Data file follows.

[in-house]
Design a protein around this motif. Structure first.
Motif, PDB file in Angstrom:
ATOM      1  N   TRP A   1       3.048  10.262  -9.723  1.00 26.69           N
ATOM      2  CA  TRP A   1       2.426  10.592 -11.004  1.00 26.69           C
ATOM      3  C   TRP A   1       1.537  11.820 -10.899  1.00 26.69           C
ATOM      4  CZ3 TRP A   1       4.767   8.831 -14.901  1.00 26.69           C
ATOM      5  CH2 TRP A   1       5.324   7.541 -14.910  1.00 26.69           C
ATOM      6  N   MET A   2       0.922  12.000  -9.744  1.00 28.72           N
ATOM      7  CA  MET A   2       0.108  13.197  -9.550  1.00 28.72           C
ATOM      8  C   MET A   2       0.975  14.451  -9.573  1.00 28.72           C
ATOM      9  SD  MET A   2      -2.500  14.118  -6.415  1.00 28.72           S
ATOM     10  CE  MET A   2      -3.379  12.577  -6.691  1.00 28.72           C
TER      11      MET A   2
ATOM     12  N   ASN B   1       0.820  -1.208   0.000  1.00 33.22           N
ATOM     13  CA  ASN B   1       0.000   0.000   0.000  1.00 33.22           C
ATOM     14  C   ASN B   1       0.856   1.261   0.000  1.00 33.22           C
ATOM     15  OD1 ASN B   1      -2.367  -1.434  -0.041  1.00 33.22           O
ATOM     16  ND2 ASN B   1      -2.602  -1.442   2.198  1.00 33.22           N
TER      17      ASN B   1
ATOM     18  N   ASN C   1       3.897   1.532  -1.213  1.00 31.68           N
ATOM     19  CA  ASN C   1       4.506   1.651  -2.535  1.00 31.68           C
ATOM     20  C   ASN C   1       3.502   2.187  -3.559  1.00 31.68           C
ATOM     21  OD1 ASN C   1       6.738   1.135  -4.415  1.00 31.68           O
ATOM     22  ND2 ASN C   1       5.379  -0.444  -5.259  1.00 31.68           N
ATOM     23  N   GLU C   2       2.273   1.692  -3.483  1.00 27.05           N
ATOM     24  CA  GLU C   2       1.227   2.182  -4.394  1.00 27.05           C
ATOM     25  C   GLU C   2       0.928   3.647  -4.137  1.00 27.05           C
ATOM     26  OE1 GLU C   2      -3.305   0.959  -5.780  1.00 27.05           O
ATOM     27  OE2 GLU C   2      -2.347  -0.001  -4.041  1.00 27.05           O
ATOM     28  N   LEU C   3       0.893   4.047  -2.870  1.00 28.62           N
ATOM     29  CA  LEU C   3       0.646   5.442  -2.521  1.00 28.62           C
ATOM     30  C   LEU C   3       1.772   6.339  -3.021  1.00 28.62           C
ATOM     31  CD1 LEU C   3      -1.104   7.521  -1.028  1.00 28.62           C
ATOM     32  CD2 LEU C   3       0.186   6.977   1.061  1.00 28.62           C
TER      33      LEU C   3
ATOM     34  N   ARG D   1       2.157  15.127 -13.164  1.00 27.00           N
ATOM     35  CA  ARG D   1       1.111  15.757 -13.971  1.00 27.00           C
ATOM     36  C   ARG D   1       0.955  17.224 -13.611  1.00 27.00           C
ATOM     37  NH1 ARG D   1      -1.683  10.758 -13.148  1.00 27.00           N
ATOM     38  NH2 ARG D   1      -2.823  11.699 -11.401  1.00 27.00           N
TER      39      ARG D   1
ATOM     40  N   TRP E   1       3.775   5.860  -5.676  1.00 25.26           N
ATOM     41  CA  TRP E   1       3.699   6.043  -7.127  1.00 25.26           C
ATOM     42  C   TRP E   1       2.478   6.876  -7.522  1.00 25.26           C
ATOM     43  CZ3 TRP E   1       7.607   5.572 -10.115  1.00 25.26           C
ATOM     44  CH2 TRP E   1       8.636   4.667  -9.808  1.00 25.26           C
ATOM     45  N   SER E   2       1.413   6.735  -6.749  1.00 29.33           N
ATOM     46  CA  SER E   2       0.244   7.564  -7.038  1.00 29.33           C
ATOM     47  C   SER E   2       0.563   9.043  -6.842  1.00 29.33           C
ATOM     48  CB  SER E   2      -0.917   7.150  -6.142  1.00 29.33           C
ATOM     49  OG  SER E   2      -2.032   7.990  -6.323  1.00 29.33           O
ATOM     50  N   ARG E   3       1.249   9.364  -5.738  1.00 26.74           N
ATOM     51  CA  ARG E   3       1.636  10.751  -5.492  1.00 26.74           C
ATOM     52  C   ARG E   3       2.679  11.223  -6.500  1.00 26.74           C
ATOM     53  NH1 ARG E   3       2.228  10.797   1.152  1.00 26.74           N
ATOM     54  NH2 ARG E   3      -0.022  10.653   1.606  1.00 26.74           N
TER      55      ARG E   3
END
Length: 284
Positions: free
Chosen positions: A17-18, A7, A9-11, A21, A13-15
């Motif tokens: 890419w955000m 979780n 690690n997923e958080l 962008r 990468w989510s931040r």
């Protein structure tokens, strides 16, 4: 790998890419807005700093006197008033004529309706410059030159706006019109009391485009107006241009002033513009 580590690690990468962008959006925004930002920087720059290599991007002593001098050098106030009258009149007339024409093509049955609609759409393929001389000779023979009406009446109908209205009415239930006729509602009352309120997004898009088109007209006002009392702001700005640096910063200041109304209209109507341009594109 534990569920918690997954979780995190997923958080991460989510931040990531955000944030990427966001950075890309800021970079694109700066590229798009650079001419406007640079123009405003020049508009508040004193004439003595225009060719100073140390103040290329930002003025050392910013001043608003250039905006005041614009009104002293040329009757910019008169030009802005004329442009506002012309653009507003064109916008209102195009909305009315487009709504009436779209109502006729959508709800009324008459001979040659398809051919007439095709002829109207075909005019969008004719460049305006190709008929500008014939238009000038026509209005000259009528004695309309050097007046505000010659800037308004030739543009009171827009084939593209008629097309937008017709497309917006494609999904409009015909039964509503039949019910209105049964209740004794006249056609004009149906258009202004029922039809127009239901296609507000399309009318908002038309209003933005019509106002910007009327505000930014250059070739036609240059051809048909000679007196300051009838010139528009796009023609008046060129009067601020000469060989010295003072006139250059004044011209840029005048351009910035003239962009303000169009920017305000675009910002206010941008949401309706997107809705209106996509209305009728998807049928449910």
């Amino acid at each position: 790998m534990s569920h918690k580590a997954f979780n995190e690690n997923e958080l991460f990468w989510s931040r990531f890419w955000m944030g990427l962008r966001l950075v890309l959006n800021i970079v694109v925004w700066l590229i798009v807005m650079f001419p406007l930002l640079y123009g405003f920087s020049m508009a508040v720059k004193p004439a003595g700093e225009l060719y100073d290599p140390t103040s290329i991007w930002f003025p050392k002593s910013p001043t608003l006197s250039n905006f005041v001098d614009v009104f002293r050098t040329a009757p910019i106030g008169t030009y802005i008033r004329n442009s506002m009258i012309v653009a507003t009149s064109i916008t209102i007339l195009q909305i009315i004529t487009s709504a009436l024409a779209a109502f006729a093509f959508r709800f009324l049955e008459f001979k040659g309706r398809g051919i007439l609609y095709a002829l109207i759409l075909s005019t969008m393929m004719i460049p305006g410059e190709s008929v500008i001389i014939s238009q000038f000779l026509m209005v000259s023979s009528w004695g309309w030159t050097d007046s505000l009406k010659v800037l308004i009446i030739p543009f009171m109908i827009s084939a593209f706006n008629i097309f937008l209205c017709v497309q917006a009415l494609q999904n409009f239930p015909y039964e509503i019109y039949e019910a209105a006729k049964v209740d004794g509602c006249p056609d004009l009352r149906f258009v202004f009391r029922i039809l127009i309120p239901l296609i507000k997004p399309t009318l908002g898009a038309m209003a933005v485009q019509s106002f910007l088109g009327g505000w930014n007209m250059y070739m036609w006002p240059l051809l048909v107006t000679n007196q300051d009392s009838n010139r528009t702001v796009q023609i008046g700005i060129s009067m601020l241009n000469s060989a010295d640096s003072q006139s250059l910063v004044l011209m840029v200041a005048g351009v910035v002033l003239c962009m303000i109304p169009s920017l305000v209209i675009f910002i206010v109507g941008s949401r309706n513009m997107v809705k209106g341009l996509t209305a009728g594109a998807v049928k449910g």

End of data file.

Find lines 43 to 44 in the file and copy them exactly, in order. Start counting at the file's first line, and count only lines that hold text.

ATOM     40  N   TRP E   1       3.775   5.860  -5.676  1.00 25.26           N
ATOM     41  CA  TRP E   1       3.699   6.043  -7.127  1.00 25.26           C